Teaching English to Young Learners (TEYL) is a growing industry in Italy. It is simply because many parents are pushing their kids to learn English. This year, I am working for three different language schools and each has offered me courses teaching children.
The courses I teach differ in the amount of time and in the number of students. Some language schools organize small class sizes of 4 to 8 children once a week.
Other schools are contracted by the elementary and middle schools. It is from town to organize courses a few times a week during school hours. Either way, you can expect to work in the morning and late in the afternoon.
One of the good things about teaching children is that you generally get a contract for the entire school year. Instead of finding short-term courses, which is what most adult students demand. The school year lasts from the end of September to mid-June.
After that, there are always schools and organizations looking for English camp leaders during the summer. The only time you will not find work in August, and by that point, you’ll probably need the break!
Each school is different, but the majority of elementary schools are interested in hiring a few native speakers. Schools begin organizing their courses in September, so if you are around at that time (or better yet, beforehand!) you can find yearlong contracts at elementary schools.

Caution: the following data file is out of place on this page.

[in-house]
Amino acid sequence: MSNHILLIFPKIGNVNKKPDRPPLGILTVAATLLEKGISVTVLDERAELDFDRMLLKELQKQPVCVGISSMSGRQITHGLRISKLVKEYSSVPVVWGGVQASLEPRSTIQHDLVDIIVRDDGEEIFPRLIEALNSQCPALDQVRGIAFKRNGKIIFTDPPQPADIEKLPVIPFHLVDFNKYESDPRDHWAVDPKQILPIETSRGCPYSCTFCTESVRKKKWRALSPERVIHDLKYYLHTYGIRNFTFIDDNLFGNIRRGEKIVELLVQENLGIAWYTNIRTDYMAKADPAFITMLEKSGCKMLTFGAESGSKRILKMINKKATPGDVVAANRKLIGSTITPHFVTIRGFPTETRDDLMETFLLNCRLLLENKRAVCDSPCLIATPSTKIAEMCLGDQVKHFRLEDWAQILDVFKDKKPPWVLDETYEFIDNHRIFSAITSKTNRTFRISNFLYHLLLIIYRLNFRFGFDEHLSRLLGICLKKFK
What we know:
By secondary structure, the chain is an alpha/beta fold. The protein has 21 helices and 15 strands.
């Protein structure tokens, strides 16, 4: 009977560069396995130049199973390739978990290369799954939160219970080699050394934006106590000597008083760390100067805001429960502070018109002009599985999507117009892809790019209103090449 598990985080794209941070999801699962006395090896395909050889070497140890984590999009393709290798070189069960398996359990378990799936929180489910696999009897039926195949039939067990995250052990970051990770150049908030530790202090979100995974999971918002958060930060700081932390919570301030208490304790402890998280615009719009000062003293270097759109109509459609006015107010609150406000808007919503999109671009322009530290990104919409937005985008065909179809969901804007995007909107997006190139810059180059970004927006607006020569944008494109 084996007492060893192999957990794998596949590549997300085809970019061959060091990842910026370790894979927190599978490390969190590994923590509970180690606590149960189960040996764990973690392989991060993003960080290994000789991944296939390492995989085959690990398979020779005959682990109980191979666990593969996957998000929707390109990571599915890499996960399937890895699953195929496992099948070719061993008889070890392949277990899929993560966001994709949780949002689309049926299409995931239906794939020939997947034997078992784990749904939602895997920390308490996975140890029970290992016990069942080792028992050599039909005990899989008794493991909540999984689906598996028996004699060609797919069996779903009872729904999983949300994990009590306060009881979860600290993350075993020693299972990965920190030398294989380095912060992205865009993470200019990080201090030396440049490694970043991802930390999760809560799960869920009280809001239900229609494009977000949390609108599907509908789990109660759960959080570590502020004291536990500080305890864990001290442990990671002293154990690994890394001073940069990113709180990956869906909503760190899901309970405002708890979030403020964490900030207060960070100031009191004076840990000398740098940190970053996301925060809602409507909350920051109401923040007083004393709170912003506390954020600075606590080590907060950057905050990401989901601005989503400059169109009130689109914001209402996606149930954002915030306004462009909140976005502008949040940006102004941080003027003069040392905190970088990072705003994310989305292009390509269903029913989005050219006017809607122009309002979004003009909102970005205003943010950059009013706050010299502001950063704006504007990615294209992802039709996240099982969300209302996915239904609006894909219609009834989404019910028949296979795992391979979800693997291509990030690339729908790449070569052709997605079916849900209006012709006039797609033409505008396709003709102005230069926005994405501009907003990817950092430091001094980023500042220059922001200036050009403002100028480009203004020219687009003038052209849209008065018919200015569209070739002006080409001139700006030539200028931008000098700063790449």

There is also a growing trend of teaching English in preschools and kindergartens. Another option is to Teach English to Young Learners at private European schools.
These are private elementary, middle, and high schools that are not bound by the same regulations as public schools here in Italy, so it is a lot easier to find work in one of them.
One thing to keep in mind is that the hours and locations vary and oftentimes you cannot get enough work from one school alone. Scheduling can become a hassle if courses are at different times and you have to travel from school to school.
Working for three schools, I have received more than enough work and have started to turn down offers (Which is crazy in this economy!). At the moment, I only work about 15 hours a week, but my hours spread throughout the day from Monday to Saturday so it feels like a lot more!
Keep in mind that you will need to be very flexible if you decide to go down this route.
Schools give a lot of freedom in how to conduct courses and what material to use. Although I enjoy this freedom, I see a lack of organization on the part of the schools as only one school has outlined the objectives of the course.
Furthermore, the schools I work for don’t provide materials to take to the elementary schools, so I must print out all the materials at home. Taking a professional TESOL course is key to surviving in this environment!
All in all, there are plenty of opportunities for native speakers who want to teach English to young learners in Italy, but there are definitely some pros and cons to consider beforehand!
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